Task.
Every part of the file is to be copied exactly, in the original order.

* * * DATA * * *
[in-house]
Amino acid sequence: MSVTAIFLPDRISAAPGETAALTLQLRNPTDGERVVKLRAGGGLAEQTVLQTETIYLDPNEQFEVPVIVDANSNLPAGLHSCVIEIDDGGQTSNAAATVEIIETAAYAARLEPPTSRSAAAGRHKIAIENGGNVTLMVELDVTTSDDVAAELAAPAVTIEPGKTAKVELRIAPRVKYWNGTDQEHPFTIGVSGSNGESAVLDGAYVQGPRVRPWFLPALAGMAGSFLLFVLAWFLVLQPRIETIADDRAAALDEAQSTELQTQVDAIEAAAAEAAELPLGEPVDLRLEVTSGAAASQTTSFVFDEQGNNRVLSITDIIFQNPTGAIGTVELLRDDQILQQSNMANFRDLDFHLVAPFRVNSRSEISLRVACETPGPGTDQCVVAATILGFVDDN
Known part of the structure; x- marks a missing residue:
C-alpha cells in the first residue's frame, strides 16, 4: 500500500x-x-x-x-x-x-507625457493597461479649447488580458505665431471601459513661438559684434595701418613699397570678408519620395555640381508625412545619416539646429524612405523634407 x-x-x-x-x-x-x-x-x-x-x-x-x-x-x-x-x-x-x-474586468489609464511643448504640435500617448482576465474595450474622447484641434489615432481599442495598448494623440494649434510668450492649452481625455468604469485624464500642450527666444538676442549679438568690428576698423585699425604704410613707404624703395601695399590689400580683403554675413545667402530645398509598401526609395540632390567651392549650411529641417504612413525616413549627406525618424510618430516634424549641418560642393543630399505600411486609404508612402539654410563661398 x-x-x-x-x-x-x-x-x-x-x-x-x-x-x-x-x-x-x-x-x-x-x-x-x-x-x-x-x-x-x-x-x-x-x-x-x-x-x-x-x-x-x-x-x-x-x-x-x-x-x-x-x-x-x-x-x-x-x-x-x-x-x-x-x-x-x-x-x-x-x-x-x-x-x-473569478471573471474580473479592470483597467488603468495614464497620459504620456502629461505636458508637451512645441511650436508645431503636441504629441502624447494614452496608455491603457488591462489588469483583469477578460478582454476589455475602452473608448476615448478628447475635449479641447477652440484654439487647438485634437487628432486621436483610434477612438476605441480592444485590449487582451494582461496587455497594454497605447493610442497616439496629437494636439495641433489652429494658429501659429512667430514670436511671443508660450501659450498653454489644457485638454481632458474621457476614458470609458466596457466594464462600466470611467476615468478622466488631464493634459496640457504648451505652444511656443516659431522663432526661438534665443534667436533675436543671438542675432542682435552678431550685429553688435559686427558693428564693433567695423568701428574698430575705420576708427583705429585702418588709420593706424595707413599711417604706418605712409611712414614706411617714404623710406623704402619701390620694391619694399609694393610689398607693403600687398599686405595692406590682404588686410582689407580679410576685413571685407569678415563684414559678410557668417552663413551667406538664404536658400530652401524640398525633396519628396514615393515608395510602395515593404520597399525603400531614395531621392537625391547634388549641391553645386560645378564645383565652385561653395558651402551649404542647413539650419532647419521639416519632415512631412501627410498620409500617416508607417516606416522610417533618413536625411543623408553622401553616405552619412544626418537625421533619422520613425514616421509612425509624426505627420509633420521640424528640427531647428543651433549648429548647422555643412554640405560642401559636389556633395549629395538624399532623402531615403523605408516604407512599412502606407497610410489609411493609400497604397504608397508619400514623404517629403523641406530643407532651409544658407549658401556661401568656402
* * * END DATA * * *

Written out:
[in-house]
Amino acid sequence: MSVTAIFLPDRISAAPGETAALTLQLRNPTDGERVVKLRAGGGLAEQTVLQTETIYLDPNEQFEVPVIVDANSNLPAGLHSCVIEIDDGGQTSNAAATVEIIETAAYAARLEPPTSRSAAAGRHKIAIENGGNVTLMVELDVTTSDDVAAELAAPAVTIEPGKTAKVELRIAPRVKYWNGTDQEHPFTIGVSGSNGESAVLDGAYVQGPRVRPWFLPALAGMAGSFLLFVLAWFLVLQPRIETIADDRAAALDEAQSTELQTQVDAIEAAAAEAAELPLGEPVDLRLEVTSGAAASQTTSFVFDEQGNNRVLSITDIIFQNPTGAIGTVELLRDDQILQQSNMANFRDLDFHLVAPFRVNSRSEISLRVACETPGPGTDQCVVAATILGFVDDN
Known part of the structure; x- marks a missing residue:
C-alpha cells in the first residue's frame, strides 16, 4: 500500500x-x-x-x-x-x-507625457493597461479649447488580458505665431471601459513661438559684434595701418613699397570678408519620395555640381508625412545619416539646429524612405523634407 x-x-x-x-x-x-x-x-x-x-x-x-x-x-x-x-x-x-x-474586468489609464511643448504640435500617448482576465474595450474622447484641434489615432481599442495598448494623440494649434510668450492649452481625455468604469485624464500642450527666444538676442549679438568690428576698423585699425604704410613707404624703395601695399590689400580683403554675413545667402530645398509598401526609395540632390567651392549650411529641417504612413525616413549627406525618424510618430516634424549641418560642393543630399505600411486609404508612402539654410563661398 x-x-x-x-x-x-x-x-x-x-x-x-x-x-x-x-x-x-x-x-x-x-x-x-x-x-x-x-x-x-x-x-x-x-x-x-x-x-x-x-x-x-x-x-x-x-x-x-x-x-x-x-x-x-x-x-x-x-x-x-x-x-x-x-x-x-x-x-x-x-x-x-x-x-x-473569478471573471474580473479592470483597467488603468495614464497620459504620456502629461505636458508637451512645441511650436508645431503636441504629441502624447494614452496608455491603457488591462489588469483583469477578460478582454476589455475602452473608448476615448478628447475635449479641447477652440484654439487647438485634437487628432486621436483610434477612438476605441480592444485590449487582451494582461496587455497594454497605447493610442497616439496629437494636439495641433489652429494658429501659429512667430514670436511671443508660450501659450498653454489644457485638454481632458474621457476614458470609458466596457466594464462600466470611467476615468478622466488631464493634459496640457504648451505652444511656443516659431522663432526661438534665443534667436533675436543671438542675432542682435552678431550685429553688435559686427558693428564693433567695423568701428574698430575705420576708427583705429585702418588709420593706424595707413599711417604706418605712409611712414614706411617714404623710406623704402619701390620694391619694399609694393610689398607693403600687398599686405595692406590682404588686410582689407580679410576685413571685407569678415563684414559678410557668417552663413551667406538664404536658400530652401524640398525633396519628396514615393515608395510602395515593404520597399525603400531614395531621392537625391547634388549641391553645386560645378564645383565652385561653395558651402551649404542647413539650419532647419521639416519632415512631412501627410498620409500617416508607417516606416522610417533618413536625411543623408553622401553616405552619412544626418537625421533619422520613425514616421509612425509624426505627420509633420521640424528640427531647428543651433549648429548647422555643412554640405560642401559636389556633395549629395538624399532623402531615403523605408516604407512599412502606407497610410489609411493609400497604397504608397508619400514623404517629403523641406530643407532651409544658407549658401556661401568656402